picoChip: It’s A Little Early for the High-Fives

In the Hutong
Experiencing dizzy spells
1107 hrs.

Interesting little article in EETimes late last week. It seems British semiconductor startup picoChip opened a networking and communications R&D lab at Beijing University of Posts and Telecommunications (BUPT) last week.

All very interesting, as picoChip is basically outsourcing its R&D on 4G wireless technology. With too few hands and too much ground to cover in the world of wireless, picoChip apparently figures it’s better to have to outsource than not to be in the game at all. This points to an important trend: global R&D in China is no longer the sole province of Fortune 1000 technology beheamouths. A broad range of companies, often driven by expatriate Chinese executives, is coming to China to tap the country’s technical labor resource.

What concerns me about the tone of the article is that a mere 7 days after setting up shop, EETimes makes it sound like picoChip has licked all of the major challenges one faces when coming into China and that the place is already showing great results.

On IP protection: “There’s some risk – IP protection is always a concern in China – but picoChip Chief Technology Officer Doug Pulley said so far he has seen only upside.”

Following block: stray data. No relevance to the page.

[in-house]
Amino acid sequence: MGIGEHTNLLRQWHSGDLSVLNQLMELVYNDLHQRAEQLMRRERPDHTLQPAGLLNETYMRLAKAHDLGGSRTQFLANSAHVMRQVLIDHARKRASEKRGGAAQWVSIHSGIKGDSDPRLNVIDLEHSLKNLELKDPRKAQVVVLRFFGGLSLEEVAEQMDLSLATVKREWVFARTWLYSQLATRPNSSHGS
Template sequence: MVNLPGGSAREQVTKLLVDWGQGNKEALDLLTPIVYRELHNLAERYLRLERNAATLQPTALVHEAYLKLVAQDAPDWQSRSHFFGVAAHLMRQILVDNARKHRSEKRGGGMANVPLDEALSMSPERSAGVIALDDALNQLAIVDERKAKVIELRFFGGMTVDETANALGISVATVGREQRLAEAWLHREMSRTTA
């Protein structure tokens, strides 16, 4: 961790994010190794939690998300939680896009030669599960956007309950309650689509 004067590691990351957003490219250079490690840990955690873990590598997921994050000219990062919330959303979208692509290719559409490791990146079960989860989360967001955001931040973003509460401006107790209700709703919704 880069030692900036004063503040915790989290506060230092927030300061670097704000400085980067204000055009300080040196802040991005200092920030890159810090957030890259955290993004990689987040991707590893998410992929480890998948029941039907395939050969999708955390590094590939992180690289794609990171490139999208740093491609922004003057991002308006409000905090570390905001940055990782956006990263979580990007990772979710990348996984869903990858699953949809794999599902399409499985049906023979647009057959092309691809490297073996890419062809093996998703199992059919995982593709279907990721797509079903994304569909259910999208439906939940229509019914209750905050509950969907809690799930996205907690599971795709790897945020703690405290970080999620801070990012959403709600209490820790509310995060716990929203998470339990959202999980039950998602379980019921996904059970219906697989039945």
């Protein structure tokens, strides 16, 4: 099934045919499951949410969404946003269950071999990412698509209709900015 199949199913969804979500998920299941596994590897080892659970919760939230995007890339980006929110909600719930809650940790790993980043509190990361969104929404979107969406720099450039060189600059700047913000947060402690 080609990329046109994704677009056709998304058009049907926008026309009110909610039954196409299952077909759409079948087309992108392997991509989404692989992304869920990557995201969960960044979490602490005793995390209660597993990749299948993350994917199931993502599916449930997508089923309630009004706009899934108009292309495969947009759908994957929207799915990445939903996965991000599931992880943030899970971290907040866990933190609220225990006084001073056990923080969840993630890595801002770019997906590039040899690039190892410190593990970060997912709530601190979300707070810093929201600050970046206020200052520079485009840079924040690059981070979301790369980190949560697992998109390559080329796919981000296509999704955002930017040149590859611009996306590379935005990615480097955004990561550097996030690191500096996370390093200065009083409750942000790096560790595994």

This after “a couple of small-scale projects with BUPT” and a week in operation. Let’s see. Tiny startup in Bath, England working in China with a major Chinese university under the wing of the Ministry of Information Industries. Am I the only one who sees the Bambi-meets-Godzilla IPR risk here?

Good luck, picoChip. Really. I hope this turns out really well for you. I also hope you’re going to put some very senior people from Bath on the ground here permanently to oversee things at the lab. And I hope you’ve got outstanding legal advice.

UPDATE: In a superior example of corporate conversation, Rupert Baines picoChip’s vice president of marketing, left us a comment (see below) clarifying a few critical facts that were not evident in the article in EETimes:

1. The lab is to create enabling software only, not do chip design.

2. picoChip’s core IP remains separate from the lab.

3. The work BUPT does is only peripherally important to picoChip’s core business.

Okay, so it probably isn’t all THAT early to be giving everyone high fives. In fact, I’d go far as to say picoChip has structured their venture with BUPT with savvy and intelligence.

I’m going to be watching these guys.